Evangelists nudge people to life. Evangelists nudge people to take deep breaths. Evangelists blow breath into people. I often wonder how the literary career of French philosopher and novelist Jean-Paul Sartre might have been different if he had been nudged at a time when his faith was trying to take root. But I will let him speak for himself:
I have just related the story of a missed vocation. I needed God. He was given to me. I received Him without realizing that I was seeking Him. Failing to take root in my heart, He vegetated in me for a while then He died. Whenever anyone speaks to me about Him today, I say, with the amusement of an old beau who meets a former belle: “Fifty years ago, had it not been for that misunderstanding, that mistake, the accident that separated us, there might have been something between us.”17
Life and death are sometimes in the power of the nudge.
“Nudge evangelism” is based on the following three revolutionary notions (okay, some not so much “revolutionary” as hibernating—but when these “notions” cease logging zzz’s, they will have revolutionary consequences). We will explore these more in depth a little later. But let’s lay them out in full now:
Jesus is alive and active in our world.
Followers of Jesus “know” Jesus well enough to recognize where he is alive and moving in our day.
Evangelists nudge the world to wake up to the alive and acting Jesus and nudge others in the ways God is alive and moving (I call these nudges “small saves”).
I was late to nudging. MSN Messenger first introduced the nudge decades ago, but it was not until I entered the Twitterverse in late 2008 and Facebook in 2009, that I was introduced to the “nudge” and “poke.” The nudge has now even achieved elevated status in the leadership literature with a book by a Harvard law professor and a University of Chicago economist who argue that nudges are a form of “libertarian paternalism” designed to alter “people’s behavior in a predictable way without forbidding any options or significantly changing their economic incentives.”18 In their opinion a nudge is not coercive, but cajoling.19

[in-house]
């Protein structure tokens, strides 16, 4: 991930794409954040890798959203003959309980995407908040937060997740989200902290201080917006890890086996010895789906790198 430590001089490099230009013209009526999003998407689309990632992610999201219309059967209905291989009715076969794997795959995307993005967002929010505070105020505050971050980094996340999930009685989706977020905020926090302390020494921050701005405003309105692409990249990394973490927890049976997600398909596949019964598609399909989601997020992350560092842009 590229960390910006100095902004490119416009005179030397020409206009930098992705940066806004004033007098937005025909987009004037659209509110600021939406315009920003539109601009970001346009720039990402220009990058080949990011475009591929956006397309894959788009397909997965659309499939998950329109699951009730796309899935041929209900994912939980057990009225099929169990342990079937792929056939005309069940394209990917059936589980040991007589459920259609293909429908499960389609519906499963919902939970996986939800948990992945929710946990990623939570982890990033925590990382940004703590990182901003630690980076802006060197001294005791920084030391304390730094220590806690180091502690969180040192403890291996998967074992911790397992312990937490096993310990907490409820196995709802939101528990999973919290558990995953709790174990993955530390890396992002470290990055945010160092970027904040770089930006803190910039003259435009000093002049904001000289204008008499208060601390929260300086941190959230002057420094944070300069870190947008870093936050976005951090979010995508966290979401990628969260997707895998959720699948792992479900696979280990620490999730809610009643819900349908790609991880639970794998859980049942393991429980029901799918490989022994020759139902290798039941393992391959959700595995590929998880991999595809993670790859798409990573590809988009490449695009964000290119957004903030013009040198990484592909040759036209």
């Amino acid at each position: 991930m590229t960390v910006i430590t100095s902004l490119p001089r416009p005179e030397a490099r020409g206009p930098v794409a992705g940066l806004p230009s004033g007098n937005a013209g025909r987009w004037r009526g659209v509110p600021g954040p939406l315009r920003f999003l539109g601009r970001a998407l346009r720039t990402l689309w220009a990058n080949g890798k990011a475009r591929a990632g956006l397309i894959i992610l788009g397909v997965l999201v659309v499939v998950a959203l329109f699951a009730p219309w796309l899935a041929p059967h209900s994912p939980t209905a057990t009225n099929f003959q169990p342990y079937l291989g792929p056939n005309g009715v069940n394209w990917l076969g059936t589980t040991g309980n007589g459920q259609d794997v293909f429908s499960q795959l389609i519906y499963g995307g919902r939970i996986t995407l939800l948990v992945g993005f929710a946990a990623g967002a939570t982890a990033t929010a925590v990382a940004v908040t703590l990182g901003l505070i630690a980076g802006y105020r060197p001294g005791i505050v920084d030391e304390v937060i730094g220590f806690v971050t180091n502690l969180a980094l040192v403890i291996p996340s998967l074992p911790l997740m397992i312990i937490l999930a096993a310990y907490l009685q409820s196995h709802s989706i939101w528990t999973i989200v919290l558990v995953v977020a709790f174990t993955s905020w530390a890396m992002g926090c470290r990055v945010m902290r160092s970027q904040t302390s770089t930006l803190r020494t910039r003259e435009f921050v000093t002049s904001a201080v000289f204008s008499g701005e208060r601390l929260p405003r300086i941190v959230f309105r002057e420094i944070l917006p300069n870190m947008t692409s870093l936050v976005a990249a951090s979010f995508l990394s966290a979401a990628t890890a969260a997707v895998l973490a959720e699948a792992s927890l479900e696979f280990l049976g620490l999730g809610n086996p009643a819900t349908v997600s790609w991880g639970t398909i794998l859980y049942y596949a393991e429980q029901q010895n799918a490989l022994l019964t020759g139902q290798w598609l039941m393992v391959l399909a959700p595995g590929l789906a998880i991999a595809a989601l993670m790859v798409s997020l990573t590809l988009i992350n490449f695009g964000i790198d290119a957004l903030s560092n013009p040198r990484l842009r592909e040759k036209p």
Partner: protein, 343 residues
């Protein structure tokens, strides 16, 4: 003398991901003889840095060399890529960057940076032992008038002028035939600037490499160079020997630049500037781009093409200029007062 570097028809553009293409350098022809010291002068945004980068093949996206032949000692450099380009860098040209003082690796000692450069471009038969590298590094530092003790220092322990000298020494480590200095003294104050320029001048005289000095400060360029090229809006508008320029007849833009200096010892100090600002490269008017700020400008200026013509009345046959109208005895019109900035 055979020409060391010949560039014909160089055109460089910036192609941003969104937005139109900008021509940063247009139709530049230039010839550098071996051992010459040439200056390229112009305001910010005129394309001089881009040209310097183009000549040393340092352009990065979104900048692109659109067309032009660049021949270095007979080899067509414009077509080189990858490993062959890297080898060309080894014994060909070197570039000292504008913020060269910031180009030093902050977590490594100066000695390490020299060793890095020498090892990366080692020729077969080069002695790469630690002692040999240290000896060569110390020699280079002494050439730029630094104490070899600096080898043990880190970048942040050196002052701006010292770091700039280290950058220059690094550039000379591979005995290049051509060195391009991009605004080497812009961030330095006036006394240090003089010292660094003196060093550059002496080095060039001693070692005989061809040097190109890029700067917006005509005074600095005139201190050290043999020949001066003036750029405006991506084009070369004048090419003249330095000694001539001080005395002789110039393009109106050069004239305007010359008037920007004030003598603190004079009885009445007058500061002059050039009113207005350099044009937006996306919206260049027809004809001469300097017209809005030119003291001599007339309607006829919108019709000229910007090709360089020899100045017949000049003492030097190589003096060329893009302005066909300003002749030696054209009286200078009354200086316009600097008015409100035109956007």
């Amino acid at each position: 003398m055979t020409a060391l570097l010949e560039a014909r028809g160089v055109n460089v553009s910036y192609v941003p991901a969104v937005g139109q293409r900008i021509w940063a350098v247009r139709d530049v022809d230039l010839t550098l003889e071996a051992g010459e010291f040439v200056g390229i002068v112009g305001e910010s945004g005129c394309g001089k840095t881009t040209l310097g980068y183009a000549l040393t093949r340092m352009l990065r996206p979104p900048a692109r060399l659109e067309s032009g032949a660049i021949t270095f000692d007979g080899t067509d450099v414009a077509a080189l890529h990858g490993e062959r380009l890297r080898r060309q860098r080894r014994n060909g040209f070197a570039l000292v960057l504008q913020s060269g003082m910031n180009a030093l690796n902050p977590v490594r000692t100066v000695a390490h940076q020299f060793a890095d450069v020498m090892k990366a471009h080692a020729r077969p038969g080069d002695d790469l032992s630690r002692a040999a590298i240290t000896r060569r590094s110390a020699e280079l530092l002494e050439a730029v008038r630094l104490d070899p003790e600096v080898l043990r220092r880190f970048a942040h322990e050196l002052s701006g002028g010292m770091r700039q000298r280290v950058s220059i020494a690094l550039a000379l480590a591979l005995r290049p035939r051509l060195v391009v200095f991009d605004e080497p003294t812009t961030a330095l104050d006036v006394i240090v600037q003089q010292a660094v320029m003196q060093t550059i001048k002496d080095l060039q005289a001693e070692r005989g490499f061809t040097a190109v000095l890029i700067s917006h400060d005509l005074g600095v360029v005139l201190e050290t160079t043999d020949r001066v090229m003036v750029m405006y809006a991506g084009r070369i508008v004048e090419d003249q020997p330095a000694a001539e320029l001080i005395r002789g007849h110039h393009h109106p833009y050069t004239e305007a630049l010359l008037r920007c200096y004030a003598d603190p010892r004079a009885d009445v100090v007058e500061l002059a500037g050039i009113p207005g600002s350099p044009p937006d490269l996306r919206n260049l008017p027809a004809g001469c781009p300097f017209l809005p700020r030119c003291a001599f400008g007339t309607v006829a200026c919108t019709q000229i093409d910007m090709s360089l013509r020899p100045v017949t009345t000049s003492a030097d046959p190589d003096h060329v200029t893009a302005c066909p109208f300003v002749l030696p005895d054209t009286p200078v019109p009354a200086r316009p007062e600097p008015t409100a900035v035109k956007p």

Even though I hold the E. Stanley Jones Chair of Evangelism at Drew University, I waited to write up my perspectives on evangelism until I had finished two other projects on “default systems.” It’s amazing the unintended messages we send, and defaults are some of the biggest “unintended” nudges in existence. Humans tend to live on autopilot, both as persons and as communities, which is why worshippers tend to sit in the same pew, and students in the same seat.
I am reminded of the mightiness of that default setting every time I approach a toll plaza on the New Jersey turnpike. A lane’s white lines are like the strings of a corset, keeping the car in that configuration even though it would be faster and easier to turn the wheel, cross the line, and get in another lane. There may be twenty cars ahead of you in your lane, but you will sit where you are, ignoring the toll booths with only two or three cars in waiting, because of that mighty default setting.
If we don’t set the correct defaults to faith, our evangelism will be full of sound and fury, but futile. Hence my books on the default interface that connects with a Google world (the EPIC interface)20 and the default operating system that God designed for life and the church (the MRI default).21 We often forget that Satan is an evangelist too. The forces of darkness want nothing more than to recruit people to the ethics of evil and the aesthetics of hell. And the pandemics of terrorism, ritualized violence, environmental degradation, and genocide attest to the success the enemy has had in writing a powerful counternarrative. As Alfred the butler (Michael Caine) says to Batman in The Dark Knight (2008) as they struggle to understand the psychology of the Joker: “Some men just want to watch the world burn.” And judging from the seventy million people killed in the twentieth century, the bloodiest century in history, Satan may have been the most successful evangelist of the twentieth century.